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What it takes to succeed as a college defensive back

The following is a breakdown of the six categories (size excluded) we use when evaluating college defensive backs. Also included in each category are, in my opinion, the top three examples from college football today.

1. PASS COVERAGE (LEGS)

Best three examples:
1. Justin King, CB, Penn State (Jr.)
2. Malcolm Jenkins, CB, Ohio State (Jr.)
3. Kenny Phillips, DS, Miami (Jr.)

Cornerbacks must be fast and fluid enough in the hips to turn and run with speedy wide receivers one-on-one. Their technique must be polished, as they can't afford to get turned around or to take false steps. Free safeties generally spend more time in deep zone coverage or matched up one-on-one versus the slot receiver, so instincts, angles, speed and change-of-direction skills are most important. Strong safeties generally spend more time in underneath zone coverage or matched up against tight ends one-on-one, so they can get away with just adequate speed, but they must be big enough to challenge tight ends physically. Confidence and "selective amnesia" are important qualities for all defensive backs.


2. INSTINCTS (HEAD)

Best three examples:
1. Antoine Cason, CB, Arizona (Sr.)
2. Kenny Phillips, DS, Miami (Jr.)
3. Jonathan Hefney, DS, Tennessee (Sr.)

Don't get caught peeking in the backfield on play-action. Be able to read opposing quarterbacks' eyes when facing them. Sense when the ball is in the air. Know opposing wide receivers' tendencies and weaknesses, as well as how to attack them. Know how to protect yourself versus faster receivers. Show good timing when jumping routes, as well as on the jump ball. Be consistent and reliable in zone coverage, don't get caught out of position.

3. DURABILITY (BODY)

Best three examples:
1. Antoine Cason, CB, Arizona (Sr.)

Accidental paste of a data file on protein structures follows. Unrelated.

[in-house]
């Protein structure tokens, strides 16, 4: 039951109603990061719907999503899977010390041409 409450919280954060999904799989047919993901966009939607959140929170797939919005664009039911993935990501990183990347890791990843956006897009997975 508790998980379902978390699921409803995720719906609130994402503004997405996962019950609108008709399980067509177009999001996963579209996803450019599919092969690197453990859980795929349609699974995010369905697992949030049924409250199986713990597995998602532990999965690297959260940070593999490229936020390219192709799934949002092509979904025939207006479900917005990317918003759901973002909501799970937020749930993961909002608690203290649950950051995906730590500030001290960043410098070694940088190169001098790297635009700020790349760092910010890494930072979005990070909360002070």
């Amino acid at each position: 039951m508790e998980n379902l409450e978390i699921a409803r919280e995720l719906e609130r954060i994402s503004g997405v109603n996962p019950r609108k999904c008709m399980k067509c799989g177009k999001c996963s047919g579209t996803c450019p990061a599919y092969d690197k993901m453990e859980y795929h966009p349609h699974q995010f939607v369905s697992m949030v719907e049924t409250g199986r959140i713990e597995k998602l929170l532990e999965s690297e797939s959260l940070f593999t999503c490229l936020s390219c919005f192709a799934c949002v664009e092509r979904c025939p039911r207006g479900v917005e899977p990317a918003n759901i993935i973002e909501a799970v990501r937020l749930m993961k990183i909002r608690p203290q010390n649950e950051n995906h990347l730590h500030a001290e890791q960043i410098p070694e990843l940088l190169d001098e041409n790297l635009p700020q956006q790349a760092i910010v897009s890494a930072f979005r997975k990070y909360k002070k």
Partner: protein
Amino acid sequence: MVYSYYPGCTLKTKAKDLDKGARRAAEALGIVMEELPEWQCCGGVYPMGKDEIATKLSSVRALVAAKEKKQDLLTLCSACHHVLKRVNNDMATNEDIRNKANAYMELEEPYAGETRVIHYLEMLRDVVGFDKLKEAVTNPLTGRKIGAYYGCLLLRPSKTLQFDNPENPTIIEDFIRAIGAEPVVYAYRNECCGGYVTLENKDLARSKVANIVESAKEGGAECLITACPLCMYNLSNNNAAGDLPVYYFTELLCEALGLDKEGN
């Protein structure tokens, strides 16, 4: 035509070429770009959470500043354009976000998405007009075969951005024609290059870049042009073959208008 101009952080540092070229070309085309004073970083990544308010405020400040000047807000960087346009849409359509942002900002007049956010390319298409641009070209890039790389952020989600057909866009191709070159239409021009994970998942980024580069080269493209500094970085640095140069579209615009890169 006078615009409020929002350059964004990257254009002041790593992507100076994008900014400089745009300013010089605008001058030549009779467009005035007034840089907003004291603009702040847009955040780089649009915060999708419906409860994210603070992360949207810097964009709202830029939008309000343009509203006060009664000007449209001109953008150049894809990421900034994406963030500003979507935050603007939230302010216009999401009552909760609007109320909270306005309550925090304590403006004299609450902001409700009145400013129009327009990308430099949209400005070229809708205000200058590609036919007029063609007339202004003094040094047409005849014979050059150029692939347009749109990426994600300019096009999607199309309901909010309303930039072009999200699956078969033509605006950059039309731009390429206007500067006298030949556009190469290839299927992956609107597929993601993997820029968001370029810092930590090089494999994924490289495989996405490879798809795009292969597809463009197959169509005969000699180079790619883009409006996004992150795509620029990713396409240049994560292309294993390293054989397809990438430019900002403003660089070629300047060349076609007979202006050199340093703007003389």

2. Jonathan Hefney, DS, Tennessee (Sr.)
3. Quintin Demps, DS, UTEP (Sr.)

Keep in peak physical condition. Show stamina to maintain high level of play late in games and late in the season. Be a flexible athlete who won't get injured easily. Play through pain.

4. RUN SUPPORT (ARMS)

Best three examples:
1. Jonathan Hefney, DS, Tennessee (Sr.)
2. Tom Zbikowski, DS, Notre Dame (Sr.)
3. Kenny Phillips, DS, Miami (Jr.)

Generally speaking, supporting the run is more important for safeties than cornerbacks. Regardless, aggressiveness and willingness are key traits to study when it comes to defensive backs supporting the run. Know how to take on and disengage from blocks in space. Use quick feet to "slip" blocks, but also while maintaining "outside leverage". Explosive hips are important in order to overcome size disadvantages when tackling bigger runners. Know how to "cut" runners and how to use shoulders when matched up against bigger runners or blockers.

5. QUICKNESS (FEET)

Best three examples:
1. Brandon Flowers, CB, Virginia Tech (Jr.)
2. Justin King, CB, Penn State (Jr.)
3. DeJuan Tribble, CB, Boston College (Sr.)

Quickness and speed are premiums for defensive backs. Upper-echelon cornerbacks typically run the short shuttle in 3.9 seconds or faster, the three-cone drill in 6.9 seconds or faster and the 40-yard dash in 4.49 seconds or faster. Upper-echelon safeties typically run the short shuttle in 4.0 seconds or faster, the three-cone drill in 7.0 seconds or faster and the 40-yard dash in 4.55 seconds or faster.

6. BALL SKILLS (HANDS)

Best three examples:
1. Dwight Lowery, CB, San Jose State (Sr.)
2. Aqib Talib, CB, Kansas (Jr.)
3. DeJuan Tribble, CB, Boston College (Sr.)

Need to be aggressive and show soft, reliable hands to make a play on the ball when in position. Instincts are critical. Must be able to find the ball in the air quickly when turning to look for it. Also need to time jumps well and make plays on the ball when it is in the air.

Scouts Inc. watches games, breaks down film and studies football from all angles for ESPN Insider. Listen to Todd McShay break down the biggest games and give you all the scores on "College GameDay" on ESPN Radio every Saturday from noon to 7 p.m. ET. He is also a frequent contributor to ESPNU.

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